The first week of March provided little to be happy about for investors with terrible job news and a still-volatile Wall Street hitting a low not seen since 1997.
“Stocks rose, fell, then clawed their way back to a mixed close after the Labor Department released its February jobs report,” MSNBC.com said in a March 6 story. “But while the market finished well above its lows — the Dow Jones industrials had a modest gain after falling more than 120 points — many market watchers say there’s no reason stocks can’t slide further, even as the major indexes are near 12-year lows.”
Contributing to that downward pressure is that big institutional investors are still sitting on the sidelines, MSNBC.com said, leaving the market to the far more volatile actions of short sellers, who buy stock on borrowed cash and bet for the price to go down.
“The shorts are having a complete field day in this environment,” Kent Engelke, managing director at Capital Securities Management in Glen Allen, Va., told the Web site. “Right now you have everybody so fearful, and these shorts are controlling the market.”
The worst news of the week came with February jobs numbers — worse than analysts expected, but not as bad as some investors had feared, MSNBC.com said.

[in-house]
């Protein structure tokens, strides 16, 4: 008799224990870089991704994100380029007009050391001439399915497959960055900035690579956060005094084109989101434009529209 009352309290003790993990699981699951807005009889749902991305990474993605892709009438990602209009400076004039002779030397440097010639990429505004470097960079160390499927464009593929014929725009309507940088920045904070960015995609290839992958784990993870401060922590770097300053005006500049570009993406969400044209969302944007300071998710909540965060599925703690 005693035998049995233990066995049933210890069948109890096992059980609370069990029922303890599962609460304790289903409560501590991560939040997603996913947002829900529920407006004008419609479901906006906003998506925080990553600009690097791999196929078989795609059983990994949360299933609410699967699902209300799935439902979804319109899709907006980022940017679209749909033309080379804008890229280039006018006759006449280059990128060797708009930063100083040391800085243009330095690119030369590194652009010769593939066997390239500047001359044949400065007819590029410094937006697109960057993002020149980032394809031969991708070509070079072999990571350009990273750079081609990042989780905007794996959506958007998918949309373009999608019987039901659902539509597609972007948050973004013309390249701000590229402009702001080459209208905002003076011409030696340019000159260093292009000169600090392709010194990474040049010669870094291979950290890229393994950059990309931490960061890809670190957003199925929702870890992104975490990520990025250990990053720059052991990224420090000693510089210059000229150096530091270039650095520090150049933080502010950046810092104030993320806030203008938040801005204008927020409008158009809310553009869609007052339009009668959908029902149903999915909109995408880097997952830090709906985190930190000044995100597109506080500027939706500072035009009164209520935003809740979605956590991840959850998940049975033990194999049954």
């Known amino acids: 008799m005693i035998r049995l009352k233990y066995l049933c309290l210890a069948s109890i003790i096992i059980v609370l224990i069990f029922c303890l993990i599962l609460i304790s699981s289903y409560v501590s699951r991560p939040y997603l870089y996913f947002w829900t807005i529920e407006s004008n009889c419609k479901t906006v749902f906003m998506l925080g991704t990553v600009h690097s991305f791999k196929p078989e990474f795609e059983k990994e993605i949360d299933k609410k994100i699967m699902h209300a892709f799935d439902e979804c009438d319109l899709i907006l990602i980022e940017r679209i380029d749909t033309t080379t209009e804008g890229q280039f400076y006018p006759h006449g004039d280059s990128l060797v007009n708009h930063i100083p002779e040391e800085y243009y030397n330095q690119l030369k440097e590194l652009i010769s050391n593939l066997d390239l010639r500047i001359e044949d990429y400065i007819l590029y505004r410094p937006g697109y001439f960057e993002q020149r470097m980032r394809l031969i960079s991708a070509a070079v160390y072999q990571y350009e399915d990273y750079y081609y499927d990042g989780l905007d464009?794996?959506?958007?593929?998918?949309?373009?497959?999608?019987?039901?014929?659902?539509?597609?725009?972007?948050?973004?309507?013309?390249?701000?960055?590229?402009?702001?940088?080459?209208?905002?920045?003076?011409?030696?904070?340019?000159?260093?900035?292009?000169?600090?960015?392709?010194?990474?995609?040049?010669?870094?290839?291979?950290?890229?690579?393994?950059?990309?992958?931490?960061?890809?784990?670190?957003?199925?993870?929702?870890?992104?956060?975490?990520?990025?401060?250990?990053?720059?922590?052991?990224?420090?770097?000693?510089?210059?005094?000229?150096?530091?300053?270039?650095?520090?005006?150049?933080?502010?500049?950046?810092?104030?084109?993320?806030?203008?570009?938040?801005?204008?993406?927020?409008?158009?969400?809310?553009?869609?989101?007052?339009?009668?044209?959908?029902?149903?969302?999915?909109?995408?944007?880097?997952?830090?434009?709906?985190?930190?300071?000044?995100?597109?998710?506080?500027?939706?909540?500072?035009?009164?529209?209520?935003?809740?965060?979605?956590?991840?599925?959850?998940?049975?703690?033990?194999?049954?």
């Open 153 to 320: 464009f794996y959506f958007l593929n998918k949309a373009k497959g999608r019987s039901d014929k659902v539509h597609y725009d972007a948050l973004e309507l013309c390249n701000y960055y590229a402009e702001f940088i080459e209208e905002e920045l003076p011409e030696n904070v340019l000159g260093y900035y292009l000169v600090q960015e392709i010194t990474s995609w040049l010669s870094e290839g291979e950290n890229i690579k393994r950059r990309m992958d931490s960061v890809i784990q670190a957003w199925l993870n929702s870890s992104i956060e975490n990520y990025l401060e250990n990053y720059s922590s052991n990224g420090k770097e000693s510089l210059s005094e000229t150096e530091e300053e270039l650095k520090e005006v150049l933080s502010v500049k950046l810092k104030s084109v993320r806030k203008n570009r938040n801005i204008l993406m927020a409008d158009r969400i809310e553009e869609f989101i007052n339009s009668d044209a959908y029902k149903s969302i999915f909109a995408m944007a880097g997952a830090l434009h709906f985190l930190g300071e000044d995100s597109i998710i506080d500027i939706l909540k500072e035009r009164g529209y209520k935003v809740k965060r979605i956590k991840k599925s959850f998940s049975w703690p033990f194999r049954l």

“Employers cut 651,000 jobs last month, and the unemployment rate jumped to 8.1 percent, MSNBC.com said. The government also revised its December and January job loss figures up to 681,000 and 655,000, respectively.”
The Dow was down 6.2 percent for the week, marking its lowest point since the spring of 1997.
There have been gains in the market, but the overall slide has been too far and too fast for a small rally to make a difference.
“When you get this precipitous of a fall, you are always due for some sort of rally, but a rally will be unsustainable,” Jeff Buetow, senior portfolio manager at Portfolio Management Consultants told MSNBC.com.
This article was submitted by Kathleen O’Connor, a contributing writer for Biz2Credit. Biz2Credit is a small business marketplace that provides entrepreneurs with the latest industry news and financial advice. Send all questions to email@example.com.